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Making goal

Peyton Taylor, 6, is chased by Charlotte 49ers women's soccer player Carri Dail as she works on dribbling the ball at practice on the soccer field at Frank Liske Park in Concord.
Peyton Taylor, 6, is chased by Charlotte 49ers women's soccer player Carri Dail as she works on dribbling the ball at practice on the soccer field at Frank Liske Park in Concord. ROBERT LAHSER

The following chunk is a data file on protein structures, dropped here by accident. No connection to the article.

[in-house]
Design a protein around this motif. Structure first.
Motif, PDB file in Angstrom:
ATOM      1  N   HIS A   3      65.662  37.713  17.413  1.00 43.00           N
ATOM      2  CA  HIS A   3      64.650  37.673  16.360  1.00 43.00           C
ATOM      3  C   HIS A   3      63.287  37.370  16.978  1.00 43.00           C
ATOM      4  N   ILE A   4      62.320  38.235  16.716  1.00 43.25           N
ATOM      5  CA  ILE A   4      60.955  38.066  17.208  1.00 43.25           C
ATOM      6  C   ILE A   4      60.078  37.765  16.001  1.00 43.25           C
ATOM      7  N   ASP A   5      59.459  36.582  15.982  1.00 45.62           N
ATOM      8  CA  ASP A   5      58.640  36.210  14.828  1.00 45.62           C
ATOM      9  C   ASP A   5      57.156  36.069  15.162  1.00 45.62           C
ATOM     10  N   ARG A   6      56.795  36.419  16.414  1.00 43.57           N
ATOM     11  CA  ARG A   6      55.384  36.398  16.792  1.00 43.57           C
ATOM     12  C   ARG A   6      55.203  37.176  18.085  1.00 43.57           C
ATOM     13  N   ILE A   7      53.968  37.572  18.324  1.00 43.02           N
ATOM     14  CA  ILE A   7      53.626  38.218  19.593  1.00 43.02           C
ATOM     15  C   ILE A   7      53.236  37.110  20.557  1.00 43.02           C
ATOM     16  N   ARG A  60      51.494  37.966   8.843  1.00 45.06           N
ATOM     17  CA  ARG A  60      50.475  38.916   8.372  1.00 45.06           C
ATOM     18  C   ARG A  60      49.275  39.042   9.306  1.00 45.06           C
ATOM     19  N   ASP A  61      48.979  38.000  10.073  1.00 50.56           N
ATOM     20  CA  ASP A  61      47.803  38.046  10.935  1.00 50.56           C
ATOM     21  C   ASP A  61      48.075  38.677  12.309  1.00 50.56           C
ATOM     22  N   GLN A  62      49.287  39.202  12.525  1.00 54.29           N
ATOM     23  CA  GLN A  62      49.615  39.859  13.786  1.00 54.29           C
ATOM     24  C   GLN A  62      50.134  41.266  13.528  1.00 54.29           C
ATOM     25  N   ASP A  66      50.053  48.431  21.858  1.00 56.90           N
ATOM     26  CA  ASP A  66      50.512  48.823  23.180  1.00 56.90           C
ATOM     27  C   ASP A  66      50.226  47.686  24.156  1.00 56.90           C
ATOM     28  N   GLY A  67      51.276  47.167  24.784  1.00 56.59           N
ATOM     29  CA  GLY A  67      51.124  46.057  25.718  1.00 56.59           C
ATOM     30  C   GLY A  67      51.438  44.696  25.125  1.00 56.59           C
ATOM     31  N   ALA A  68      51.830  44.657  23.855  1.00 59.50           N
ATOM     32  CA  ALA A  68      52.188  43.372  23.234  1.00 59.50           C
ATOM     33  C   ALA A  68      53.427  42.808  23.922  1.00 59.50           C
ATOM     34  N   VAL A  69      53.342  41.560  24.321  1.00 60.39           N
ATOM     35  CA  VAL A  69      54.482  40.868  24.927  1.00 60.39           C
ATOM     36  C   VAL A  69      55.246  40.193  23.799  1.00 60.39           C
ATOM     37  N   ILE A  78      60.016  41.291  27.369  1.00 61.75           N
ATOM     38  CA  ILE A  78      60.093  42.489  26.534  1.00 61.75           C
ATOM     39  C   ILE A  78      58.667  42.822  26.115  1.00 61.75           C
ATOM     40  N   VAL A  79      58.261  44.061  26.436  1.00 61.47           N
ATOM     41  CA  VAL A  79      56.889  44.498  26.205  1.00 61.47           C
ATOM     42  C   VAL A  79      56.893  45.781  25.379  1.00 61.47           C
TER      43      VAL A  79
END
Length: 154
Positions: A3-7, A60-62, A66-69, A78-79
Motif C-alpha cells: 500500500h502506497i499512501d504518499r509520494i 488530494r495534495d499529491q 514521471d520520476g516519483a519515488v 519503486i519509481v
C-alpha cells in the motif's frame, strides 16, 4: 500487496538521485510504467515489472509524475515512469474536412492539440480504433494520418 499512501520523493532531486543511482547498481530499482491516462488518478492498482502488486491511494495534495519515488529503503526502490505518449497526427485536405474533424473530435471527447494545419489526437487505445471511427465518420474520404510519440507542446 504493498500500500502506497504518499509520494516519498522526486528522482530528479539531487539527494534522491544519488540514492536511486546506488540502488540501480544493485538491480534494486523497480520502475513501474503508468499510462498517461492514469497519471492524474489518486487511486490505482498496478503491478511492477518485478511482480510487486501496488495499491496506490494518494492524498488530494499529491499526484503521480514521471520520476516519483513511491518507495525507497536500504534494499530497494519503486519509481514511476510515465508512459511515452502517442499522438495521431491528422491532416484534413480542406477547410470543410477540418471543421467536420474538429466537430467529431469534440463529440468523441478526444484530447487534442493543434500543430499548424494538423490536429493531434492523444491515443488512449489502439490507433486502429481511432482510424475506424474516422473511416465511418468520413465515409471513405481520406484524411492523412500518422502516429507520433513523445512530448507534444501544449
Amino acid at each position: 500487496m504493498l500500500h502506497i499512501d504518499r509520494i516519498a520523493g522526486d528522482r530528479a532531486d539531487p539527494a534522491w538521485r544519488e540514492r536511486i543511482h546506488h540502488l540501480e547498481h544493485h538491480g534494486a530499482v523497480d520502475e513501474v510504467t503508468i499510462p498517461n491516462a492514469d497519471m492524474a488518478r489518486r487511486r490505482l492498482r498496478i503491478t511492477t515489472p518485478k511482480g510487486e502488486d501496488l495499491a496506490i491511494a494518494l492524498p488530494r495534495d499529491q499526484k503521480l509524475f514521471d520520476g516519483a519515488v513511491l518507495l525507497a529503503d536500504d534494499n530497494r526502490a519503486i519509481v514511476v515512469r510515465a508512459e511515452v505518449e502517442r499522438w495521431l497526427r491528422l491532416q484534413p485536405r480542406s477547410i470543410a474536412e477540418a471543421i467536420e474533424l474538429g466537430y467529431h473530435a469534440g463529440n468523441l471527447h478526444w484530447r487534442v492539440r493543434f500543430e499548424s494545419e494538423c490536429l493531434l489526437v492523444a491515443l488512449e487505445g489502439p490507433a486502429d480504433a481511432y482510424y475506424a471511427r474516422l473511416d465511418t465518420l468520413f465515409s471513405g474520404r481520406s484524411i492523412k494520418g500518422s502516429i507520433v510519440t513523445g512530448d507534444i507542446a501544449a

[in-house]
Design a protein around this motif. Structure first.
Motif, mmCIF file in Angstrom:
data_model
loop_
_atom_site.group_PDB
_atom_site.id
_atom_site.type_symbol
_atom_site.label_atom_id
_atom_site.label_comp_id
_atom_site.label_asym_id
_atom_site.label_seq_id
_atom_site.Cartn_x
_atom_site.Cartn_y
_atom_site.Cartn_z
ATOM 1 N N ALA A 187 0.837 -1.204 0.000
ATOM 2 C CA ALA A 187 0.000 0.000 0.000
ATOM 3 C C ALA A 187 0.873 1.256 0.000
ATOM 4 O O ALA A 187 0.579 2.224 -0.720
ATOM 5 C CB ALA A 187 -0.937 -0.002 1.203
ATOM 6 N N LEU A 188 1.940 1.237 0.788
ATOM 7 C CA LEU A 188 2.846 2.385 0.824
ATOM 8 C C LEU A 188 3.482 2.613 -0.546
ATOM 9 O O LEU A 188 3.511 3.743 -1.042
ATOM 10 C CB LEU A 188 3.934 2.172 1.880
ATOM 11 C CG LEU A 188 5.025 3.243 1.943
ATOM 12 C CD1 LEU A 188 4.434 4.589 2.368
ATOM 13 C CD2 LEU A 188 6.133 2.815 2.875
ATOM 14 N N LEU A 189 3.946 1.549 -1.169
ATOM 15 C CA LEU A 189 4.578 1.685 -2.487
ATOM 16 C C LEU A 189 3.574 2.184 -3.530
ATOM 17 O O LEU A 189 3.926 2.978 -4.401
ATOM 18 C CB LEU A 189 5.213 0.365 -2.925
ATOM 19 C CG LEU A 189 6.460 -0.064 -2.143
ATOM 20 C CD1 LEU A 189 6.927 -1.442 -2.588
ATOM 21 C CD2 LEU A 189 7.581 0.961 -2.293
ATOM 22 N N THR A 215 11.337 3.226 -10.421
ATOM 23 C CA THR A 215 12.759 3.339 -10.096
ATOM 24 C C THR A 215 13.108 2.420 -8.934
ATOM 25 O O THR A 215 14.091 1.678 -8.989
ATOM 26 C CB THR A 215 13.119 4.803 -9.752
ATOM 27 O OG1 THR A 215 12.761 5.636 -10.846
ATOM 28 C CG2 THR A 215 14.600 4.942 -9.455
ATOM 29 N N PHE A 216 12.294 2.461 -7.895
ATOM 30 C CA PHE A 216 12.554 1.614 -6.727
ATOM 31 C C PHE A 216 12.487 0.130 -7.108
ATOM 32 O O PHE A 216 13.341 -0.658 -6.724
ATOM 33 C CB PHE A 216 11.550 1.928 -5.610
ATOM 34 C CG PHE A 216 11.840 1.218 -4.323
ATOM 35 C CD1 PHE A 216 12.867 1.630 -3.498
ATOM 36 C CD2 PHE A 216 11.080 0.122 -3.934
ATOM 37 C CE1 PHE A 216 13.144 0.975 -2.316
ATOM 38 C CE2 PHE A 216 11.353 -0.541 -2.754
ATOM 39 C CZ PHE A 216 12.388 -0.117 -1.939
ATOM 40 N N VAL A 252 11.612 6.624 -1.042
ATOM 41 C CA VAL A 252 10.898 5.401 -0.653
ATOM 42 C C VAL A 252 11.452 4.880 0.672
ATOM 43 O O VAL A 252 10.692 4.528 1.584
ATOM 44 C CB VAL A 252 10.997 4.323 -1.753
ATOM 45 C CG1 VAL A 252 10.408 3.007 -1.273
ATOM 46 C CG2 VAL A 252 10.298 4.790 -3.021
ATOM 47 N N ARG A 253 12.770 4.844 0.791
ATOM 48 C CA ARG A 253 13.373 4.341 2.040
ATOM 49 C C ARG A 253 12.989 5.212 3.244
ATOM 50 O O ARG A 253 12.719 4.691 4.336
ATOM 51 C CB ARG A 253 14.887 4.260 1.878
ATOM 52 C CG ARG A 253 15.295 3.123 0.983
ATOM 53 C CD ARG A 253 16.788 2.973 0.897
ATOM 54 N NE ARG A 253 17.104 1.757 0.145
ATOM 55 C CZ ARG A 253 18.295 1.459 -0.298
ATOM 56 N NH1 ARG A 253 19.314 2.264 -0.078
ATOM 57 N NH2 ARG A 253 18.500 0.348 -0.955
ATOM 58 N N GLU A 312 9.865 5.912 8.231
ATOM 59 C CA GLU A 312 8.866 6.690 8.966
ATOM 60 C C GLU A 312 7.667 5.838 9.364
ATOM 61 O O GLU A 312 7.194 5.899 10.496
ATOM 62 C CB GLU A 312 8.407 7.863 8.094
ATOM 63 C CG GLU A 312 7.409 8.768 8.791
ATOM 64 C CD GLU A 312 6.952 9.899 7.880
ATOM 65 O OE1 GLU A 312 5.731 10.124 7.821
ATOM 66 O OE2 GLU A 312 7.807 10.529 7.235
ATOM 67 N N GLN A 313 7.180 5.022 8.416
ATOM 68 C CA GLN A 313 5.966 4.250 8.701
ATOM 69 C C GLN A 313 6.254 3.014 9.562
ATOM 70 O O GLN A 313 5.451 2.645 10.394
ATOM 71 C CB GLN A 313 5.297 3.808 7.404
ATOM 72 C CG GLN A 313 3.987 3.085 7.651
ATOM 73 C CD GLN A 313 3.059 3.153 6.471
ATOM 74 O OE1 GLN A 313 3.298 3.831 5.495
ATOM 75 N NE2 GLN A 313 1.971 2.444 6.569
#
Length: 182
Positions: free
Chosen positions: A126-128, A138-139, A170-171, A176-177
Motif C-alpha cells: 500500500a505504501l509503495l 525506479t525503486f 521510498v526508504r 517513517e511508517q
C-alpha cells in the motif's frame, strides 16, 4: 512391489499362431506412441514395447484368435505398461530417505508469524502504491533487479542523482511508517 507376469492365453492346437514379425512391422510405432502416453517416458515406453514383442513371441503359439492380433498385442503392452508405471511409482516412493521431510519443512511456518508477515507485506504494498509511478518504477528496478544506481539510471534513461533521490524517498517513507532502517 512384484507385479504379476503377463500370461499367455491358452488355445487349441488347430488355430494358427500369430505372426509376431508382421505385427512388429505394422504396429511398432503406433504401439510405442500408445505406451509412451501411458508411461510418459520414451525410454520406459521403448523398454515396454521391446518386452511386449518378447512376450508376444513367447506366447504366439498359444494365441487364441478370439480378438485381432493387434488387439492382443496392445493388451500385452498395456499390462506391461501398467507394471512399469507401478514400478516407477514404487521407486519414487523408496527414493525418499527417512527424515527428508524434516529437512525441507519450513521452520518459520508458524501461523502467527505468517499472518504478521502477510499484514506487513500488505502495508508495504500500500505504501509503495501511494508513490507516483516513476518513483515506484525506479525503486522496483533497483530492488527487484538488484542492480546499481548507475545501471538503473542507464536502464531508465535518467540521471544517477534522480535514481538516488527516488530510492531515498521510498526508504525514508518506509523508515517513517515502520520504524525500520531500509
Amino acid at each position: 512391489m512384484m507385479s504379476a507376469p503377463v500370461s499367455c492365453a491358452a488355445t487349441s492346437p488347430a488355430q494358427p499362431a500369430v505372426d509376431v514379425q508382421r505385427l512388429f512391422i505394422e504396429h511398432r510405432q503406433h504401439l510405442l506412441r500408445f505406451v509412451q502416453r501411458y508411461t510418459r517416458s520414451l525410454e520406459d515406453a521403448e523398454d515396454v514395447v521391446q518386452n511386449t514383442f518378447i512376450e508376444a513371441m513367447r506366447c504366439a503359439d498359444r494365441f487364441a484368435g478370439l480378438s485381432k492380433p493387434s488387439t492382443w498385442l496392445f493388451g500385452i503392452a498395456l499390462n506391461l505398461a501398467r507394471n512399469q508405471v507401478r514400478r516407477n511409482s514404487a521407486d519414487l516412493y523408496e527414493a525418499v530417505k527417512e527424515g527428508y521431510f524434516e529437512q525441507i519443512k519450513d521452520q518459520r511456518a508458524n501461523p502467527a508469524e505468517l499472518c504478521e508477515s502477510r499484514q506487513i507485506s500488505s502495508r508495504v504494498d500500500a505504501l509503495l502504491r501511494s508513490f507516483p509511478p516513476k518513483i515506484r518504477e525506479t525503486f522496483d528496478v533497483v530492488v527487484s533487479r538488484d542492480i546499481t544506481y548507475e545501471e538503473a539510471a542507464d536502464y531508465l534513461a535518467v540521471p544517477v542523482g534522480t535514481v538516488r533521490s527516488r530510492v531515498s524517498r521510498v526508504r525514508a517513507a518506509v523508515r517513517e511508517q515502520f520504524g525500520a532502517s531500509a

In a blend of green, white, and gold shirts, the past, present and quite possibly the future of UNC Charlotte soccer came together at the center of field No. 2 at Concord’s Frank Liske Park one evening. The partnership between the local university’s soccer programs and a youth soccer alliance is one that both have nurtured for several years, but finally formalized in 2008.Wrapping up a recent Football Club Carolina Alliance weekday practice, Luke Exley, the director of recreation and youth development, addressed a group of mostly elementary-school-age boys and girls about the importance of having fun while learning the game of soccer. Standing behind him as older testaments to his words were the evening’s guest coaches: college players Jennings Rex, Anthony Perez and Aidan Kirkbride.The interaction Charlotte’s soccer teams have with FCCA’s players is the catalyst of the programs’ strengthening bond. The youth get to mingle with and learn from many of the same role models they cheer for at the 49ers’ Transamerica Field. In return, Charlotte’s players expose themselves to the University City fan base and accumulate community service time.When Shane Carew was hired as FCCA executive director in 2008, he opened the dialogue with 49ers men’s coach Jeremy Gunn and women’s coach John Cullen, who once served as FCCA executive director. As a former 49ers soccer player, Carew admits to his special allegiance to the university.As part of FCCA’s philosophy and vision, Carew wanted to help UNC Charlotte become more prominent in how the community selects its favorite college sports teams. Charlotte’s teams hope to make fans out of entire families by inviting FCCA players to attend their games, including an annual pre-game barbecue blowout, and to serve as ball boys.“How many kids do we see wearing Carolina and Wake Forest colors around Charlotte?” says Carew. “We should support (UNC) Charlotte, no matter what the sport. That probably comes from my heritage from Ireland where everyone supports the local club.”Carew “Charlotte-ized” everything he could about FCCA, down to changing the organization’s colors from black and red to green, gold and white. Including Carew and Exley, a 2010 graduate, FCCA has seven coaches that are either former Charlotte players or current 49ers assistant coaches.Charlotte men’s assistant coach Kyle Gookins coached an FCCA U-15 boys team to the 2010 Kepner Cup, a state championship in the Classic A division. Gookins directs FCCA’s speed, agility and technical program, which is advanced training for its older, elite players.The college coaches, which include those from additional FCCA partners Catawba College in Salisbury and Pfeiffer University in Misenhemier, also conduct educational seminars to prepare high school players for the collegiate recruiting experience.Representatives on both sides of the partnership are quick to point out that Charlotte’s teams have two FCCA alums: freshman Jeremy Dennis, a Vance High graduate, and senior Megan Mazzarella, a former Cannon School player. Cullen, whose 7-year-old daughter plays in the recreational program, says that developing collegiate players adds to FCCA’s credibility.“Hopefully kids will come up through the FCCA program wearing the green shirt,” he says. “And one day wear the green shirt of the Charlotte 49ers.”

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